What then was the life of the world at the coming of Christ?—It was the life of sin; of the earthly man, made not in the image of God, but after the likeness of the son of disobedience. To destroy this man of sin, Christ came into the world; and they that are Christ's have crucified the flesh, with the affections and lusts: Galatians 5:24. And thus, with respect to the life we had at the coming of Christ, which was the life of sin,—believers are said to die with Christ, and to be buried with him, because they renounce that life, and the affections proper to it. Thus dying to sin, we begin to live again unto God, and to true holiness: and this is a resurrection of the man made after the image of God, which before was dead in trespasses; and therefore we are said to be made alive to Christ, and to rise together with him.
But further: this change was what, by nature, we had not power so much as to wish for, or desire for ourselves: but Christ undertook our cause: he took our nature and our iniquities upon himself, and underwent death in behalf of all. He dying therefore upon the cross for all, all may be crucified with him, through the power of his grace and spirit. See Hebrews 2:9. 2 Corinthians 5:14. And the way to attain to the benefits of the death of Christ, is, as we learn from St. Paul, in his Epistle to the Philippians, to be, through his grace, conformable unto his death. This conformity consists, as we have seen, in dying to sin, and the affections of it; in putting off the old man, and in putting on the new man, who is created after righteousness: and this the Apostle stiles being planted in the likeness of his death, and being planted in the likeness of his resurrection: Romans 6:5. To which likewise he plainly refers, ch. Rom 8:29 and there are many other precepts in scripture, founded upon this notion of our conformity with Christ.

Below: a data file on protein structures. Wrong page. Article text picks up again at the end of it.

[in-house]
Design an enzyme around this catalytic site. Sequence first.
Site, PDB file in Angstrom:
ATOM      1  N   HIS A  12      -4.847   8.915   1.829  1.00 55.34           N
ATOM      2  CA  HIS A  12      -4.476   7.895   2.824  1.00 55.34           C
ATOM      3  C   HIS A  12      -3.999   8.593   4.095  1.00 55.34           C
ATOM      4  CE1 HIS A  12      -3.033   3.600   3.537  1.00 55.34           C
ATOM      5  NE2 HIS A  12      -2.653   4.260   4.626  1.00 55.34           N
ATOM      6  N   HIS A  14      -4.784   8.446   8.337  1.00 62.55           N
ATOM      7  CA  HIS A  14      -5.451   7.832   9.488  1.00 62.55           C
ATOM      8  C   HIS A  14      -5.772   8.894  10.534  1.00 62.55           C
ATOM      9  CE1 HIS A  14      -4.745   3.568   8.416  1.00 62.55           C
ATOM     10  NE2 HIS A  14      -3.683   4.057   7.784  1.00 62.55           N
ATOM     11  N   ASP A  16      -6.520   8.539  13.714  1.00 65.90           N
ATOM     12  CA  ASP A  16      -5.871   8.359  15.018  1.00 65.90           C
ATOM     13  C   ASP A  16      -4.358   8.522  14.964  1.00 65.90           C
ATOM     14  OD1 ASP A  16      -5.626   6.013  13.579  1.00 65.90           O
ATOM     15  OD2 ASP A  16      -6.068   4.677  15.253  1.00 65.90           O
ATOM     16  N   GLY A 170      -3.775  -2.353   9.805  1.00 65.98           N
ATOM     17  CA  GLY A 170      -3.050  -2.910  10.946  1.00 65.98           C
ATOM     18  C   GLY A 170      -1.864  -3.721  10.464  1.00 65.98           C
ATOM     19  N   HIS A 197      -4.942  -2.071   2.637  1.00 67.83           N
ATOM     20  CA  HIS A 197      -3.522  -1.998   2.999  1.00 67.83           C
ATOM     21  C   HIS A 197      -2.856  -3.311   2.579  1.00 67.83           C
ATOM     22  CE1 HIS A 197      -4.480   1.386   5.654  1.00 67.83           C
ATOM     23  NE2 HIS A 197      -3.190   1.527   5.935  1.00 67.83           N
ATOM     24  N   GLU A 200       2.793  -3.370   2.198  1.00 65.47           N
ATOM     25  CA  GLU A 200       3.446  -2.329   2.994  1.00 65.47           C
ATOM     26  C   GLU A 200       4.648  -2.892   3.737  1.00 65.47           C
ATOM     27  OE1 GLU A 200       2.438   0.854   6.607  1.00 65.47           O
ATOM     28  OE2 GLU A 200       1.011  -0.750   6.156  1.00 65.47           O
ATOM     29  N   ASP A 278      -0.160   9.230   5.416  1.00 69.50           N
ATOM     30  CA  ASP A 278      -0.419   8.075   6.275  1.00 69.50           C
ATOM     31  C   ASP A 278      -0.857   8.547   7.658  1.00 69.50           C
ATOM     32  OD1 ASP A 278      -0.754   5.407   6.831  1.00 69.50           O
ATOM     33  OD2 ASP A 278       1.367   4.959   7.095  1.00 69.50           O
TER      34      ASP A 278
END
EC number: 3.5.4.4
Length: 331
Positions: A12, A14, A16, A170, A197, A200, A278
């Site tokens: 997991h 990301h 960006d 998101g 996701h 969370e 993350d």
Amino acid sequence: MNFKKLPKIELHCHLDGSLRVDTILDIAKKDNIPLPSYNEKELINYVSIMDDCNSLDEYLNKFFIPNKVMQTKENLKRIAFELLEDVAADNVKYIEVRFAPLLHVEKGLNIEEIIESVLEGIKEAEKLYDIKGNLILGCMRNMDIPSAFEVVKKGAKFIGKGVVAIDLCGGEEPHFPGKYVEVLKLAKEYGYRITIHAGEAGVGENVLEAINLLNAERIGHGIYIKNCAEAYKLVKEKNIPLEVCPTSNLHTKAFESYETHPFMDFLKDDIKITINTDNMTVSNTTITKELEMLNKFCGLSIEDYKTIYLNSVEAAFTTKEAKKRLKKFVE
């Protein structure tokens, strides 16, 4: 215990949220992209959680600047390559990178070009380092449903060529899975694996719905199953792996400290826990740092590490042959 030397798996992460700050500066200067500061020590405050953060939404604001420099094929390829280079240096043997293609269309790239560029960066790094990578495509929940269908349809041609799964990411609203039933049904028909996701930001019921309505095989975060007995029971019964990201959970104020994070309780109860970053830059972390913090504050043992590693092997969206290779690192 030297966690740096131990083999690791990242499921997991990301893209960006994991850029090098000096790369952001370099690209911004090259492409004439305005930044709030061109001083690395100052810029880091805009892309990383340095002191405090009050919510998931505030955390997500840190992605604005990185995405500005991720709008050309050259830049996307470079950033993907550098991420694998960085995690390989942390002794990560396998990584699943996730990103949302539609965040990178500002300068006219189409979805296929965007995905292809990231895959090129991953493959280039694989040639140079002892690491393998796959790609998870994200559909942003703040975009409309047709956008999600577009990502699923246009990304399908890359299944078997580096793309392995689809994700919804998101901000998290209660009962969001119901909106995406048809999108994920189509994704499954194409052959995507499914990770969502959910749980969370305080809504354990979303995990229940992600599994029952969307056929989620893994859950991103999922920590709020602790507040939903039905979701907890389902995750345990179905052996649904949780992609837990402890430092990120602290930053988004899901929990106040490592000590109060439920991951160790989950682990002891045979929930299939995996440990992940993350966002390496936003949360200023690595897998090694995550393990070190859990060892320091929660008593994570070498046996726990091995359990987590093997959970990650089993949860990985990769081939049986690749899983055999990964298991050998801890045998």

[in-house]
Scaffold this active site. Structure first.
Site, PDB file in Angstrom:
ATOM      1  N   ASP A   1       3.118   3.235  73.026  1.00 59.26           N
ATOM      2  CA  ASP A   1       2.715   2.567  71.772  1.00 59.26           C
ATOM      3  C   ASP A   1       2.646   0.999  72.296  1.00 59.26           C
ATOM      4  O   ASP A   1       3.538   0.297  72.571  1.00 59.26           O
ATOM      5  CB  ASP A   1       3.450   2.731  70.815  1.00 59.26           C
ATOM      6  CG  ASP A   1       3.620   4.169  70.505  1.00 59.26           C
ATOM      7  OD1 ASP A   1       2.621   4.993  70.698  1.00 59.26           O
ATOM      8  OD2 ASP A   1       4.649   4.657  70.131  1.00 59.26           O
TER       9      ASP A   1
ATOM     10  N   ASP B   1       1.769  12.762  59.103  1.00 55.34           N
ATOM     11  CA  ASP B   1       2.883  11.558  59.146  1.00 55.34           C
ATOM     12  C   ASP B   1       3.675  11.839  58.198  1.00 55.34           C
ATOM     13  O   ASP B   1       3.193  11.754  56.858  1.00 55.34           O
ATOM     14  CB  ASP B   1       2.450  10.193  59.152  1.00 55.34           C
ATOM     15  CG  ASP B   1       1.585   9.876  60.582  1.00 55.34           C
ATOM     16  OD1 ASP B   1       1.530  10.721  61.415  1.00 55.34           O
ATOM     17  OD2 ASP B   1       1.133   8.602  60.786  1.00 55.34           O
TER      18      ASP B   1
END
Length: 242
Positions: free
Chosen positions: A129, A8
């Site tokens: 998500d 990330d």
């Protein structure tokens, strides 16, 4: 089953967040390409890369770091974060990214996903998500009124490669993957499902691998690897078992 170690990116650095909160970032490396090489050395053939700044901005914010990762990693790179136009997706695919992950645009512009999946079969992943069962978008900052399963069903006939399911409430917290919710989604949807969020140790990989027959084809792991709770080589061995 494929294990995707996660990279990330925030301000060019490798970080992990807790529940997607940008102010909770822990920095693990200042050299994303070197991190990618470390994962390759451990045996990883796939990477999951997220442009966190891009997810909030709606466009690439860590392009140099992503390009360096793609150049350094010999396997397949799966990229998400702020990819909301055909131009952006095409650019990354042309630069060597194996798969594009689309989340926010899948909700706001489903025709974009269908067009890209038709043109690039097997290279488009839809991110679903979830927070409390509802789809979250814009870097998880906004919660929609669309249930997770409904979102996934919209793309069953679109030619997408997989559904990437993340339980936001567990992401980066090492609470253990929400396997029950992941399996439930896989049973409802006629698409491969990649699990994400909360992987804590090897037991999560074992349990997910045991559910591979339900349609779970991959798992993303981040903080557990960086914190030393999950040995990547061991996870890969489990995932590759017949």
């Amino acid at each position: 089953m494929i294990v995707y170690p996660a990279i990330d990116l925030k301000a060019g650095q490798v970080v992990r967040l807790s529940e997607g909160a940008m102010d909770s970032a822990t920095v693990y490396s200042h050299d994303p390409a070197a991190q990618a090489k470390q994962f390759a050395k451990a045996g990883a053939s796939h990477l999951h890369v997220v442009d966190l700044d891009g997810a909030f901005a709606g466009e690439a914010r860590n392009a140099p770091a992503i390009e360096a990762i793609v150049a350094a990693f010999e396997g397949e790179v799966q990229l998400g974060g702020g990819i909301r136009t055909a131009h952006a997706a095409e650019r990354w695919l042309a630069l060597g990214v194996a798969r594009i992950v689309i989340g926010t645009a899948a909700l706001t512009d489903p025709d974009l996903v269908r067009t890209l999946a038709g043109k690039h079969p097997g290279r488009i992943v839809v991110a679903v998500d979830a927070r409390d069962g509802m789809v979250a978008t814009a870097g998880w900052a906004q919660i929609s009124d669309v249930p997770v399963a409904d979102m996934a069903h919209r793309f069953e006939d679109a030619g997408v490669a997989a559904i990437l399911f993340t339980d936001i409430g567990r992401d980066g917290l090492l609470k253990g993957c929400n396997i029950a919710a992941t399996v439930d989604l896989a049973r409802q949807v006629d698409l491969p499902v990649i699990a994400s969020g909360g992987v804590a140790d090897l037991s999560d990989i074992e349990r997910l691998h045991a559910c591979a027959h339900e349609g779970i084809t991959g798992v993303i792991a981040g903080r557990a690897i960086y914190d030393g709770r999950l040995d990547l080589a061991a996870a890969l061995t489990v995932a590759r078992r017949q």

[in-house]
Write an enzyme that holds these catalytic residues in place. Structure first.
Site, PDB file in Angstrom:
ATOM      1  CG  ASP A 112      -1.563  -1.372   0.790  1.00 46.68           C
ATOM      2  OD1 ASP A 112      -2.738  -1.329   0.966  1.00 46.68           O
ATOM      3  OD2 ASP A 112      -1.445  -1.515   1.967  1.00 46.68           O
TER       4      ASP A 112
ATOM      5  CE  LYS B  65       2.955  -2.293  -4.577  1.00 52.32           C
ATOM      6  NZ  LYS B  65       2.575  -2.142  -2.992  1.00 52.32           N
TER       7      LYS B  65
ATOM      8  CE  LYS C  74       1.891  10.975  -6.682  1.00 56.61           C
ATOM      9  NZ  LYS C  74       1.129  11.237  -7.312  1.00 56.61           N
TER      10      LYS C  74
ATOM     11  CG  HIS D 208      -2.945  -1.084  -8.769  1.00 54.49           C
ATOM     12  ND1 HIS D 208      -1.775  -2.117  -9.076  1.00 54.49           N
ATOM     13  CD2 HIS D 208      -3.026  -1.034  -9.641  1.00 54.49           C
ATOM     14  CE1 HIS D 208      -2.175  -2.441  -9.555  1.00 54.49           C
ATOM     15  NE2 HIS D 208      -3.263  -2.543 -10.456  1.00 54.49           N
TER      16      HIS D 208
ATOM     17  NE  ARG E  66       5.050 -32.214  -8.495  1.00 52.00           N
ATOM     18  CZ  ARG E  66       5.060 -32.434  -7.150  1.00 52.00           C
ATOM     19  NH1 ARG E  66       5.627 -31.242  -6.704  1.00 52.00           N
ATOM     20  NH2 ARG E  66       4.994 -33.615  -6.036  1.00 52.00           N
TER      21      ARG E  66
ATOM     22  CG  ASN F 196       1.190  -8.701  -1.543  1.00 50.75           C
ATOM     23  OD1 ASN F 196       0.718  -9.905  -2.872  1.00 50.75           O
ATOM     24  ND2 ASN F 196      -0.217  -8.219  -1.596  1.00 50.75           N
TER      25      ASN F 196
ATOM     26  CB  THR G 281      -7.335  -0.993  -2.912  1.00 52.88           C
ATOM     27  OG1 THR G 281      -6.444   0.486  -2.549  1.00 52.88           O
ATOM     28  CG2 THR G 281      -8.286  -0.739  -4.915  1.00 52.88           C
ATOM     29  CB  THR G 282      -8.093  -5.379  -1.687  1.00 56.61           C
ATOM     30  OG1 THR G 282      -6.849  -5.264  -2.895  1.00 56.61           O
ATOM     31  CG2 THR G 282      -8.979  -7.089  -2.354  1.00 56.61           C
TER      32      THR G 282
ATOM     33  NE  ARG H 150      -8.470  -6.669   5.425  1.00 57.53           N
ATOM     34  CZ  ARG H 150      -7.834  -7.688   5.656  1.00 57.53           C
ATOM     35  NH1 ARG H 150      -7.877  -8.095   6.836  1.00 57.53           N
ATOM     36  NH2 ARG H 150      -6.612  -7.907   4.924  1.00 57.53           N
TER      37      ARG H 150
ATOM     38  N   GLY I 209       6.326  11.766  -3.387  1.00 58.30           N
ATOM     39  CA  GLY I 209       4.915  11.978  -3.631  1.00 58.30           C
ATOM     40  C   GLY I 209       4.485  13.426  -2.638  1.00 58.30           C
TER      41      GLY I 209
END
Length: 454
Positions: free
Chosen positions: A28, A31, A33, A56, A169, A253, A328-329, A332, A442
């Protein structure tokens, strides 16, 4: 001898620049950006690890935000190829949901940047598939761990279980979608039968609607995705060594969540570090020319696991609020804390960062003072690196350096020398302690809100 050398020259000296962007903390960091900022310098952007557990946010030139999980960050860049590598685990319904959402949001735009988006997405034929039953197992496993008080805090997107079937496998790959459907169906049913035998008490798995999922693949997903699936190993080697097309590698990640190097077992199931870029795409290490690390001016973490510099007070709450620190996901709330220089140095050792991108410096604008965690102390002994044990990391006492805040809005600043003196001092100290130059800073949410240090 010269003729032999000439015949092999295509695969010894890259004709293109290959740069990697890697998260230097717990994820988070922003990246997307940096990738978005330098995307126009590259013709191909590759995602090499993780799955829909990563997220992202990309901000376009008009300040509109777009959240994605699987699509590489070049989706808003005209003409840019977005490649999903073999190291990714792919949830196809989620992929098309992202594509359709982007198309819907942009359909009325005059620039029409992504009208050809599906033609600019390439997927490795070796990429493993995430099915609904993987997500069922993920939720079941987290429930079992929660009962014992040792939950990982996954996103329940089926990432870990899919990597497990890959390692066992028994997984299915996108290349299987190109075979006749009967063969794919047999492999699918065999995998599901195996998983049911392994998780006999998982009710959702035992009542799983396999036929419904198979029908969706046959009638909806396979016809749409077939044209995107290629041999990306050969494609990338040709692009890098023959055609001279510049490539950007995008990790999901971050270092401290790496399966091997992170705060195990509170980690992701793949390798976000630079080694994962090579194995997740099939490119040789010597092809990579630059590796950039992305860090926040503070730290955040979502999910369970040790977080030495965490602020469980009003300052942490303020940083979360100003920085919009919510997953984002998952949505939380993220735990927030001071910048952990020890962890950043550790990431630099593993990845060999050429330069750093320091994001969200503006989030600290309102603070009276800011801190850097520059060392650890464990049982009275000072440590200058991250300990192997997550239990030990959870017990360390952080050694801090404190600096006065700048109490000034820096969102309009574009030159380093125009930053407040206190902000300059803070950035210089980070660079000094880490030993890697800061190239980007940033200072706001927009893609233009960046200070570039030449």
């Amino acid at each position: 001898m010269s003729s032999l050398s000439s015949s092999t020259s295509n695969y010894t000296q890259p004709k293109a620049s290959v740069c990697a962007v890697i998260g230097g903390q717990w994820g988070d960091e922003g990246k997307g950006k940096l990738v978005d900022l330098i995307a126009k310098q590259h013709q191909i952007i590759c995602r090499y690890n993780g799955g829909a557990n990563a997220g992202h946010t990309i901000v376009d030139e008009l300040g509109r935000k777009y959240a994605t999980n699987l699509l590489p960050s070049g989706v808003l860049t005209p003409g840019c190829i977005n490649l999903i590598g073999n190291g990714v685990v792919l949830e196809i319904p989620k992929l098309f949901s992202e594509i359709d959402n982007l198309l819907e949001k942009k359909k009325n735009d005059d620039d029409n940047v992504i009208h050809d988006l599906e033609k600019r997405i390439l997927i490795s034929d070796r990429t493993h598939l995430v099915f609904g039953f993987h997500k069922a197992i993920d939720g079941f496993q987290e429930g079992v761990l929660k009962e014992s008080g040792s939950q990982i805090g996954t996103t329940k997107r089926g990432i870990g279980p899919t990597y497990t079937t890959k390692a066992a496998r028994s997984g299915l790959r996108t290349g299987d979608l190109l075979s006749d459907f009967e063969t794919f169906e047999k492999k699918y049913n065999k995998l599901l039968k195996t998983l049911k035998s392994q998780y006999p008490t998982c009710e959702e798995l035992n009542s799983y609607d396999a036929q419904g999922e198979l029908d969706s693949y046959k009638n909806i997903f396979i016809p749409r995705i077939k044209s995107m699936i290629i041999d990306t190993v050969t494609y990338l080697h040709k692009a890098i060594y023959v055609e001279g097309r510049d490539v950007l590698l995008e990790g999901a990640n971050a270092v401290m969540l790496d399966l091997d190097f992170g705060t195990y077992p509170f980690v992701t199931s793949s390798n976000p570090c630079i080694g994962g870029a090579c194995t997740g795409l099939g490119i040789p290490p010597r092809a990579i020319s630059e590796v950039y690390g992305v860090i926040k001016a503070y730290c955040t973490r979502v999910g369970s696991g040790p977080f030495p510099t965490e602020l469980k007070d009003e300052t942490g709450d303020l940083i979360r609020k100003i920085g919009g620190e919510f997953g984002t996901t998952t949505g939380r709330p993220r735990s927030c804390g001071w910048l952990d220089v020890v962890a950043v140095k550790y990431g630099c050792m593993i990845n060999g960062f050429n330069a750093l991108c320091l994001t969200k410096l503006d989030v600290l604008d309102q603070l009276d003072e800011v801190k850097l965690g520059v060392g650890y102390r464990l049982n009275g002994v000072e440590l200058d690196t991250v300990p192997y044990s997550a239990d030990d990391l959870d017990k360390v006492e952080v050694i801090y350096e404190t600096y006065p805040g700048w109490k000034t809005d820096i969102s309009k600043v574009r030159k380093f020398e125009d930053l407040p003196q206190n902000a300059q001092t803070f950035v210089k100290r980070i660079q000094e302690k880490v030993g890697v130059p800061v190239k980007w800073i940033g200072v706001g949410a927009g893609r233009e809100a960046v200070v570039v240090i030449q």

Indeed, the very essence of Christianity consists in this conformity; and therefore baptism, which is our admission to the gospel, is a sacred emblem of this conformity. (See Romans 3:4.) To walk in newness of life, is our conformity to the resurrection of Christ, which was to new life and glory.